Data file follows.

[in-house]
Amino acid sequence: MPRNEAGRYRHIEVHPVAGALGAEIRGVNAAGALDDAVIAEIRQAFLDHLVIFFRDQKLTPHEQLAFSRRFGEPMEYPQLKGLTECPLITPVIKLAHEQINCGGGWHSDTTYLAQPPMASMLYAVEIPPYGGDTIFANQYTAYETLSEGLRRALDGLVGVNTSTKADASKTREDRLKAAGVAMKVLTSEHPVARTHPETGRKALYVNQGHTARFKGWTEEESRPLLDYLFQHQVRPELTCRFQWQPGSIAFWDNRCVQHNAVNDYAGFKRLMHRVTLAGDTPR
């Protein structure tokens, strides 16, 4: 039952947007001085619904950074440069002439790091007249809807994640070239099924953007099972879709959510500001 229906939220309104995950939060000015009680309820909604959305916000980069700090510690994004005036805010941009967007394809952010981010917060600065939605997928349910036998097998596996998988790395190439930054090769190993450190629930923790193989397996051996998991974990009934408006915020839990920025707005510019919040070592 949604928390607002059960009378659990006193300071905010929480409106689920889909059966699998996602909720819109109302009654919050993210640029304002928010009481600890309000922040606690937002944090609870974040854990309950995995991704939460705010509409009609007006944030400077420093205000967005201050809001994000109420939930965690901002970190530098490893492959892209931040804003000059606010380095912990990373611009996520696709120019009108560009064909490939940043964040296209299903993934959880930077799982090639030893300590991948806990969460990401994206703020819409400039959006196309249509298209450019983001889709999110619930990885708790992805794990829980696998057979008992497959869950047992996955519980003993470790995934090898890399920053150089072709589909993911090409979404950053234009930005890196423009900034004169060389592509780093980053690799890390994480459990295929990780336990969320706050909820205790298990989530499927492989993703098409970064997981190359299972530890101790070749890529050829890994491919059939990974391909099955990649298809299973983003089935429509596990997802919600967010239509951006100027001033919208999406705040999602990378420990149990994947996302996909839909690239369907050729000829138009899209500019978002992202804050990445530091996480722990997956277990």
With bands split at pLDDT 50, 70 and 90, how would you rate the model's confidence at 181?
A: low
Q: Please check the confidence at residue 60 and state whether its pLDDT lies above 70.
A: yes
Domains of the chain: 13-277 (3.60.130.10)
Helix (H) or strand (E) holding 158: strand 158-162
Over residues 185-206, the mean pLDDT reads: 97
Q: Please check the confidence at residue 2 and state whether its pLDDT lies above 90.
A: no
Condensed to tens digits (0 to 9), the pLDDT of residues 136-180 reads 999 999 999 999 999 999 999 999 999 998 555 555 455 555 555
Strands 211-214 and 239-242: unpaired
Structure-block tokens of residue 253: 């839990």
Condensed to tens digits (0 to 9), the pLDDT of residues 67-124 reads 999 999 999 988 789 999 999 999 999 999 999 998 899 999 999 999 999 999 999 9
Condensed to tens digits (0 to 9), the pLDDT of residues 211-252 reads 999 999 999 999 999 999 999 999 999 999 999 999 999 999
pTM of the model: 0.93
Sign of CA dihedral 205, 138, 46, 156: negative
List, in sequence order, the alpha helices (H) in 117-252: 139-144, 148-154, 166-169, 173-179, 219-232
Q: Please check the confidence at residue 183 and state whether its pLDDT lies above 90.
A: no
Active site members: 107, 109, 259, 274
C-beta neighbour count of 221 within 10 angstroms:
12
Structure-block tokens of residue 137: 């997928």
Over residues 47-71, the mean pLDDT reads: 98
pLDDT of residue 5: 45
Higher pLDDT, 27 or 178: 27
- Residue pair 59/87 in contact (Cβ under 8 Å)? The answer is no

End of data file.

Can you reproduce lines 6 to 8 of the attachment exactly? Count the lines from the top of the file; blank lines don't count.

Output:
Q: Please check the confidence at residue 60 and state whether its pLDDT lies above 70.
A: yes
Domains of the chain: 13-277 (3.60.130.10)